Prescott slaps down complaint over BSkyB

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John Prescott, Labour's deputy leader, moved swiftly last night to quash a call by a party spokesman to refer Rupert Murdoch's BSkyB to the Monopolies and Mergers Commission. Richard Caborn, Labour's shadow minister for competitiveness and regulation, had made the demand in a strident letter to Michael Heseltine, the Deputy Prime Minister, copied to Ian Lang, President of the Board of Trade. Mr Caborn called Mr Murdoch's pay-TV monopoly "a serious threat to the development of the UK's broadcast and communications industry", only to be slapped down by Mr Prescott, who said the letter did not represent party policy.

The disavowal will be taken as further evidence of Tony Blair's new Labour "cuddling up" to Mr Murdoch. A party source insisted last night that the reason was because the policy was still under discussion by Mr Prescott, Margaret Beckett, shadow Secretary of State for Trade and Industry, and Jack Cunningham, the national heritage spokesman. But this latest example of new Labour's strict policy discipline - coming after the letter had been dispatched and disseminated in a press release - is embarrassing, and could fuel renewed claims of Mr Blair's unwillingness to trample on Murdoch territory.

The move by Mr Caborn, who ran Mr Prescott's leadership and deputy leadership campaigns, follows furious lobbying by UK cable operators to end what they call BSkyB's "abuse" of its monopoly position in pay-TV programming on satellite and cable. Mr Caborn complained that, despite the complaints, the Office of Fair Trading "seems unable to reach any final decision".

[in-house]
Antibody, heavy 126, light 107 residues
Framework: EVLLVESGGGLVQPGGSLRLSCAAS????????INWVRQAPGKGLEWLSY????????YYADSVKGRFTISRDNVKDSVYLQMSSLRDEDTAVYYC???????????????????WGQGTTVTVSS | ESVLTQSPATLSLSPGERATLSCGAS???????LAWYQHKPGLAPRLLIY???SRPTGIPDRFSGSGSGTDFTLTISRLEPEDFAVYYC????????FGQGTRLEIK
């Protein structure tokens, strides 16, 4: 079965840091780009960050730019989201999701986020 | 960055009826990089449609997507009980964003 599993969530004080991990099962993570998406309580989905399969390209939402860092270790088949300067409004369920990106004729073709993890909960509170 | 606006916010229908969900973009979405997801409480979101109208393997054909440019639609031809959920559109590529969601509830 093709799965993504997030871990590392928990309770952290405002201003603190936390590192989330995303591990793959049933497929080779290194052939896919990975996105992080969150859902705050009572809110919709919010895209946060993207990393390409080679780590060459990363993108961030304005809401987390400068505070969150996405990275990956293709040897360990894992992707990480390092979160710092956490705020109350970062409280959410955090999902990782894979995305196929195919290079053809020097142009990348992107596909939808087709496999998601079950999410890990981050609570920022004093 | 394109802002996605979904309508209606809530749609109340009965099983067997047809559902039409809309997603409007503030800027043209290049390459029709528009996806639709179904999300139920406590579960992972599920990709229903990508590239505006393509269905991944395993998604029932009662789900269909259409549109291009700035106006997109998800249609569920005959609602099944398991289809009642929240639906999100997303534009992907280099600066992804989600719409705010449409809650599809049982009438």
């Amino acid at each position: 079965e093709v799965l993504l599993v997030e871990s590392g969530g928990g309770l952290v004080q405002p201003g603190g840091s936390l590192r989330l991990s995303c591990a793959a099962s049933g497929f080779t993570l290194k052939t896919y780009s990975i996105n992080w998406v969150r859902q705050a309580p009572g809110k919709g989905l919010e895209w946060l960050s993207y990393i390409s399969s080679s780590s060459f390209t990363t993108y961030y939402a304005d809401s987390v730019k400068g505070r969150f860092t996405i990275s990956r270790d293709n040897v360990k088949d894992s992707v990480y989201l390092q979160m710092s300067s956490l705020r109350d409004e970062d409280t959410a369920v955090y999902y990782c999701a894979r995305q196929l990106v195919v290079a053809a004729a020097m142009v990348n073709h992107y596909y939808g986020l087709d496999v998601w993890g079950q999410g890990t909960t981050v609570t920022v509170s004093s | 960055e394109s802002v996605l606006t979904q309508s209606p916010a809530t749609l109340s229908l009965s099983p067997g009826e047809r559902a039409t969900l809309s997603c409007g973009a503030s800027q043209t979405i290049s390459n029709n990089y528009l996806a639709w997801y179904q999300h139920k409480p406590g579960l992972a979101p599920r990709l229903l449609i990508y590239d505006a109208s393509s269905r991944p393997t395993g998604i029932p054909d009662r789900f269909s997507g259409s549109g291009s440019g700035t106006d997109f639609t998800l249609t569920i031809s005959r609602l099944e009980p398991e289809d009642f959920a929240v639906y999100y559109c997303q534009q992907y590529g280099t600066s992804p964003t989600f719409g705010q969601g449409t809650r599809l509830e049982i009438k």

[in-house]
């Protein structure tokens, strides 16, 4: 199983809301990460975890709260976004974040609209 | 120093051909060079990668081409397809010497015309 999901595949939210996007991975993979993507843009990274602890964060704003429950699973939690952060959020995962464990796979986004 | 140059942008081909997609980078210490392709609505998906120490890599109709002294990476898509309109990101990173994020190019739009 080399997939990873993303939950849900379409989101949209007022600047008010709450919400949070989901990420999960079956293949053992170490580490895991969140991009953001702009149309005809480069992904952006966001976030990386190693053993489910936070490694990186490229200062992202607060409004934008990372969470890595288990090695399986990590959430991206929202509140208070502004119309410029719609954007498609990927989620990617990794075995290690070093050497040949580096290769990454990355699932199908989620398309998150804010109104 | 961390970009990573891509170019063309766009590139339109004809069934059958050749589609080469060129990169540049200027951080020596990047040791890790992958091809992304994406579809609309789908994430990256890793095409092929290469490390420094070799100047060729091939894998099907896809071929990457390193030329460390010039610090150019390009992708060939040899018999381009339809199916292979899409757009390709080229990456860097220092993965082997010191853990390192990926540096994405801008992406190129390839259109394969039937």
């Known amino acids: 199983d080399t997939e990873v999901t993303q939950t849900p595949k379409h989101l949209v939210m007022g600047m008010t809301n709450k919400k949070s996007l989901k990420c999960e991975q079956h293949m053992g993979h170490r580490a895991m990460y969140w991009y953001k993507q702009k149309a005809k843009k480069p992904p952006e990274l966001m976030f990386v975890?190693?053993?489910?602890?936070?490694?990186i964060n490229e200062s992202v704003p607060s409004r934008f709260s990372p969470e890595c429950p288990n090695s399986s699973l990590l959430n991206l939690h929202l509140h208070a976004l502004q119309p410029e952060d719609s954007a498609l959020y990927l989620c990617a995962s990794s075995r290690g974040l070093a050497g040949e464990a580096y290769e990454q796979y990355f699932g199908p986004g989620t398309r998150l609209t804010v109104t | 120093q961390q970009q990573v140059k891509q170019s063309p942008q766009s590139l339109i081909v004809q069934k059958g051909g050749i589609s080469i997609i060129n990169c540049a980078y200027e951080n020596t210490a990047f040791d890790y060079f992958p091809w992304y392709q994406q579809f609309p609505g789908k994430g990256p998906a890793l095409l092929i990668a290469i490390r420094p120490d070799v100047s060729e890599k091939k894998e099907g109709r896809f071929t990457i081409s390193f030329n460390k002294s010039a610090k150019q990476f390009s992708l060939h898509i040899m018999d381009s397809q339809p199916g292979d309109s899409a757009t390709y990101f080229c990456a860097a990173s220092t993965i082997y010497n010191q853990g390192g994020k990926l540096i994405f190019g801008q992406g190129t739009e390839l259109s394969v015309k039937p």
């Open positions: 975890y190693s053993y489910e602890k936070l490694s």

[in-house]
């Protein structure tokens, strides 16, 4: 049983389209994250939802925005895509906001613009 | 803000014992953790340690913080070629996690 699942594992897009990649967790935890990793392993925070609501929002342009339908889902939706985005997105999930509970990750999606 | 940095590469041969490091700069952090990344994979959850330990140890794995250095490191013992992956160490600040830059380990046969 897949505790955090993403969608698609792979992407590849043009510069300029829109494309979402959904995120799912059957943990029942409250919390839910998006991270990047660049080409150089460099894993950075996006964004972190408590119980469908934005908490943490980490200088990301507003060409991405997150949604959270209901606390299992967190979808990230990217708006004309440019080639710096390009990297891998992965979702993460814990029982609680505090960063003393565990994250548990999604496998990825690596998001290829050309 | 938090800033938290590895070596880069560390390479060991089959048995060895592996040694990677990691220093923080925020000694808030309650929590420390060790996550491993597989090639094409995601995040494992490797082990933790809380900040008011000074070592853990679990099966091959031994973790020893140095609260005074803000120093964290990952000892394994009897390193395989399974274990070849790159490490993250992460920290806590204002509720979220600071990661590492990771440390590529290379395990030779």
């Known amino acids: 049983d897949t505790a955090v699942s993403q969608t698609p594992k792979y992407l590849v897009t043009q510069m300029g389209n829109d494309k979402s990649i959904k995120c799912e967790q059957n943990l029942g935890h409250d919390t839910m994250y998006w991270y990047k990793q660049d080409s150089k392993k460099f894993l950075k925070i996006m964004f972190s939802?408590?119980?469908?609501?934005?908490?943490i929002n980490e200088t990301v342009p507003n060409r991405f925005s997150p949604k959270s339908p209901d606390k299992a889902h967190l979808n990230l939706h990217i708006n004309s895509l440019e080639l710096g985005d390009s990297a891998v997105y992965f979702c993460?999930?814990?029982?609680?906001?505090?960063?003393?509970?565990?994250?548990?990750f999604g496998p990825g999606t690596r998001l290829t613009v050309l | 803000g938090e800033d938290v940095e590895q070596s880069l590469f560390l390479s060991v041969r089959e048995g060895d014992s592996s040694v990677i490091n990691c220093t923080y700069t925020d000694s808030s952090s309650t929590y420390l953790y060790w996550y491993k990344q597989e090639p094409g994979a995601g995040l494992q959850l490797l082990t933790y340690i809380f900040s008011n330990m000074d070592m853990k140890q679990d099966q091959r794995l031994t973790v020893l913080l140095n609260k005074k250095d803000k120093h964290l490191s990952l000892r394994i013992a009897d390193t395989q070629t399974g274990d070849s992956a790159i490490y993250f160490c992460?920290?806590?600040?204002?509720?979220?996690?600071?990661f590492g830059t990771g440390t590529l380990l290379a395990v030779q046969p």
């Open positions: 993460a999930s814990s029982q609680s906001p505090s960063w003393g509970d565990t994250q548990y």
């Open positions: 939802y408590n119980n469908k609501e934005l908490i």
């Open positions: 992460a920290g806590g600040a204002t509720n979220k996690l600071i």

With the introduction of digital television, he added, "independent cable/satellite companies could be squeezed out of the market for new digital services and products if BSkyB's stranglehold is transferred from the analogue to digital environment."

While complaints in that vein were ruled out of order yesterday, the Labour source said the party remained concerned about the Office of Fair Trading's delay in coming up with an effective competition policy.

That still leaves Labour open to the criticism, however, that it is waiting for someone else to act instead of spelling out its own policy.

Specifically, the cable companies have complained that long-term supply agreements between BSkyB and the two biggest cable operators, Nynex CableComms and Telewest, are anti-competitive, and had made it impossible for the cable industry to develop pay-per-view sports and film programming to compete with BSkyB.

The OFT said late this summer that it had demanded changes in the agreements but has yet to announce the new contract terms. A spokesman for the OFT said: "The contracts are very complicated and we are still considering the arrangements." He added that there was no timetable for a decision, and that consultations continued.

Earlier this year, BSkyB agreed to informal undertakings on the supply of programming to the cable industry. But many smaller companies complain that the agreements have not improved competition in the industry.

Mr Caborn's letter followed several high-profile complaints from senior media executives, including Channel 4's Michael Grade and Leslie Hill, chairman of Central Television. "My letter reflects my concerns about the lack of competition policy we have in this country," Mr Caborn said.